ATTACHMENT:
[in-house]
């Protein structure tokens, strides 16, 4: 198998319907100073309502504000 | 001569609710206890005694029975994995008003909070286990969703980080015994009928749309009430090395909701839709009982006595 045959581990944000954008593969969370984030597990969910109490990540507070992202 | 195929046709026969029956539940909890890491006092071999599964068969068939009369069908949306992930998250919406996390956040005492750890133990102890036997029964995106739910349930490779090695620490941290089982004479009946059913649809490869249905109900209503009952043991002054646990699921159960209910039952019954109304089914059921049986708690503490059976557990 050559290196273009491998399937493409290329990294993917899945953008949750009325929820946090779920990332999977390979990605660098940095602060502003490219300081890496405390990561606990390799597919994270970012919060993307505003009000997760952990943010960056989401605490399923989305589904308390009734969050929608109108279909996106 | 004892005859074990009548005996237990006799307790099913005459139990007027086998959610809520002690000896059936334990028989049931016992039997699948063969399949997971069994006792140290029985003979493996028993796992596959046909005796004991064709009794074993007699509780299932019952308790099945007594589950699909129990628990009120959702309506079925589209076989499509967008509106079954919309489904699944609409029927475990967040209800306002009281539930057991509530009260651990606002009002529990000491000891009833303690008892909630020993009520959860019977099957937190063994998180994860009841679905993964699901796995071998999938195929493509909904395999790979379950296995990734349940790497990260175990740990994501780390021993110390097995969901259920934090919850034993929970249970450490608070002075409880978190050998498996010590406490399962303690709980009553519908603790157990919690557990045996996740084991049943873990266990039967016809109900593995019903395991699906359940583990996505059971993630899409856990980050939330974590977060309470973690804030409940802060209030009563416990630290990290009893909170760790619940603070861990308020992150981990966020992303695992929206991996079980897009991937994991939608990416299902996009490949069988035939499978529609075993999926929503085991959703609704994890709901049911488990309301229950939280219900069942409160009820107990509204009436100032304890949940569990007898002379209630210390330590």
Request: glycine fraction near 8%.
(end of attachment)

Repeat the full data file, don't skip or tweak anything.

[in-house]
């Protein structure tokens, strides 16, 4: 198998319907100073309502504000 | 001569609710206890005694029975994995008003909070286990969703980080015994009928749309009430090395909701839709009982006595 045959581990944000954008593969969370984030597990969910109490990540507070992202 | 195929046709026969029956539940909890890491006092071999599964068969068939009369069908949306992930998250919406996390956040005492750890133990102890036997029964995106739910349930490779090695620490941290089982004479009946059913649809490869249905109900209503009952043991002054646990699921159960209910039952019954109304089914059921049986708690503490059976557990 050559290196273009491998399937493409290329990294993917899945953008949750009325929820946090779920990332999977390979990605660098940095602060502003490219300081890496405390990561606990390799597919994270970012919060993307505003009000997760952990943010960056989401605490399923989305589904308390009734969050929608109108279909996106 | 004892005859074990009548005996237990006799307790099913005459139990007027086998959610809520002690000896059936334990028989049931016992039997699948063969399949997971069994006792140290029985003979493996028993796992596959046909005796004991064709009794074993007699509780299932019952308790099945007594589950699909129990628990009120959702309506079925589209076989499509967008509106079954919309489904699944609409029927475990967040209800306002009281539930057991509530009260651990606002009002529990000491000891009833303690008892909630020993009520959860019977099957937190063994998180994860009841679905993964699901796995071998999938195929493509909904395999790979379950296995990734349940790497990260175990740990994501780390021993110390097995969901259920934090919850034993929970249970450490608070002075409880978190050998498996010590406490399962303690709980009553519908603790157990919690557990045996996740084991049943873990266990039967016809109900593995019903395991699906359940583990996505059971993630899409856990980050939330974590977060309470973690804030409940802060209030009563416990630290990290009893909170760790619940603070861990308020992150981990966020992303695992929206991996079980897009991937994991939608990416299902996009490949069988035939499978529609075993999926929503085991959703609704994890709901049911488990309301229950939280219900069942409160009820107990509204009436100032304890949940569990007898002379209630210390330590």
Request: glycine fraction near 8%.